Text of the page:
I recently read an article from the Education Commission of the States entitled Inequalities at the Starting Line: State Kindergarten Policies by Emily
Workman. Basically the author talks about the differences among kindergarten policies in the 50 different states. In studying the policies it was
found that there are significant differences that exist for our kids. The unequal set of opportunities across our states perpetuates the lingering
achievement gaps we are facing. This report presents findings on six key components of a kindergarten system: availability, length of day, student
assessment, quality of instruction, standards and curriculum, and funding.
I recently shared a post about
two-thirds of students not being ready for kindergarten
. So, imagine two-thirds of entering kindergarteners who are not ready academically, socially, emotionally or all three entering one of the kindergarten
classes that is lacking time, quality of instruction, funding, etc. No wonder we are struggling to close the gaps. On the other hand, I have seen
high quality pre-school combined with a quality kindergarten
experience can do for a child’s educational start and future.
Should students be required to attend kindergarten? There are only 15 states and D.C. that require kindergarten attendance while 35 do not require
attendance - where does your state fall? What about the time spent in kindergarten? Eleven states plus D.C. require districts to offer full-day
kindergarten while 34 states require districts to offer half-day kindergarten. Five states do not require districts to offer kindergarten, leaving the
decision to the local school districts. What is offered in your local district?
Does any of this matter? Early literacy and mathematics skill-building and social/emotional competencies are critical for later proficiency and school
success. Nobel Prize winning economist James Heckman has done extensive work
that supports this need. We must begin to think of early childhood education as an investment rather than an expense.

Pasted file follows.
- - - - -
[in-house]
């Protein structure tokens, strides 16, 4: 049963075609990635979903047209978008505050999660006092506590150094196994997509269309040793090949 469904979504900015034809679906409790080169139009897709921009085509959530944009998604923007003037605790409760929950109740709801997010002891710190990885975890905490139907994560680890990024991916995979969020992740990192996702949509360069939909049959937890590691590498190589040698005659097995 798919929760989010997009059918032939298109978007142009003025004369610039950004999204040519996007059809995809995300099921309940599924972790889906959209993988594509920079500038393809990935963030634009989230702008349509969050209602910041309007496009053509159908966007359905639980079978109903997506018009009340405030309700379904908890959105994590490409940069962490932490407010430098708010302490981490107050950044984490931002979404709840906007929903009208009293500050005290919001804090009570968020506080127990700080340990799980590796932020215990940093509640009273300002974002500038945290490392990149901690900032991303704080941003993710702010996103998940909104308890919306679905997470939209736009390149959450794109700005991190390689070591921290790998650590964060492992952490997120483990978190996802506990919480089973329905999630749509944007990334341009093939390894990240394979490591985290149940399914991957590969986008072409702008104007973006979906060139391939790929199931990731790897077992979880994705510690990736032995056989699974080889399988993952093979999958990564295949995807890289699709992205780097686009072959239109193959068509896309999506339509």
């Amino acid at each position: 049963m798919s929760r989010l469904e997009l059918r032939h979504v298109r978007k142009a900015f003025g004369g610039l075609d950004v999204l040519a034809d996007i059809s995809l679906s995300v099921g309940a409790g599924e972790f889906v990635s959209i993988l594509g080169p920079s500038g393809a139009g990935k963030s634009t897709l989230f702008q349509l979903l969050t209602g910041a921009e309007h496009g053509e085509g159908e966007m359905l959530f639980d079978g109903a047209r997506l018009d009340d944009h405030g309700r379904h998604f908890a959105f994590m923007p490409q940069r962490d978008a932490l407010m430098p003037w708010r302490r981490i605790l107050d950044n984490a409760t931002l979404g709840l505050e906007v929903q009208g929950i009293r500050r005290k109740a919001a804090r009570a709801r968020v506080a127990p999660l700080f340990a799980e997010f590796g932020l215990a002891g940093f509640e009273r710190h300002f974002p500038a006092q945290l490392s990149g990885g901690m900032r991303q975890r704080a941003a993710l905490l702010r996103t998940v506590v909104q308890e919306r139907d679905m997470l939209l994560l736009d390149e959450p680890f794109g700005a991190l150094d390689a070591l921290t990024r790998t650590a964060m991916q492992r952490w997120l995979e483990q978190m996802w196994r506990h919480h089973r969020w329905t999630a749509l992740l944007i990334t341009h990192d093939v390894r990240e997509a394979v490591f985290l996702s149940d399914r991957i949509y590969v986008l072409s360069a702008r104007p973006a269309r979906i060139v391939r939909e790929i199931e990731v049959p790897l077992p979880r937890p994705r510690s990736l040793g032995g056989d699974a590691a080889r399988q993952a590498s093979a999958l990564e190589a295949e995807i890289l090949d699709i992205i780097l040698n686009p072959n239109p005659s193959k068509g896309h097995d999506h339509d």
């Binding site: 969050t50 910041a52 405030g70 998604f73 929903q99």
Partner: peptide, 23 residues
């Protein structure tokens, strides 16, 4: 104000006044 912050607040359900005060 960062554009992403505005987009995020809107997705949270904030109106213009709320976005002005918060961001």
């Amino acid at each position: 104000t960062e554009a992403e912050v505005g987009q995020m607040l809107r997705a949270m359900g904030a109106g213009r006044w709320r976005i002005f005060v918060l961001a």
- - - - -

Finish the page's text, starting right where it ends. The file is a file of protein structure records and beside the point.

As you read the report you will find thought provoking questions that must be addressed. What is the amount of time a student spends in kindergarten? Does
your state or district have an entry assessment to help teachers meet the individual needs of new students? Only twenty-five states plus D.C. currently
require the administration of a kindergarten entry assessment. Is your state one of those?
Does the quality of instruction in kindergarten matter? What is the ratio of teachers to students? Are teachers trained to be with this level of student?
Are high quality standards that are developmentally appropriate in place? Lastly, is your state funding kindergarten at an adequate level? Are the funding
formulas strong incentives or disincentives to offer high quality full day programs?
As advocates in our local communities it is so important that we raise these issues for the benefit of our kids’ futures. Early childhood only happens once
and we must take every opportunity to ensure that it does not pass without fully taking advantage of the windows of opportunity that exist. Building that
strong foundation with high quality pre-school and kindergarten is one of the most important and critical issues for which we must advocate.
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The opinions expressed in Public Engagement & Ed Reform are strictly those of the author(s) and do not reflect the opinions or endorsement of Editorial Projects in Education, or any of its publications.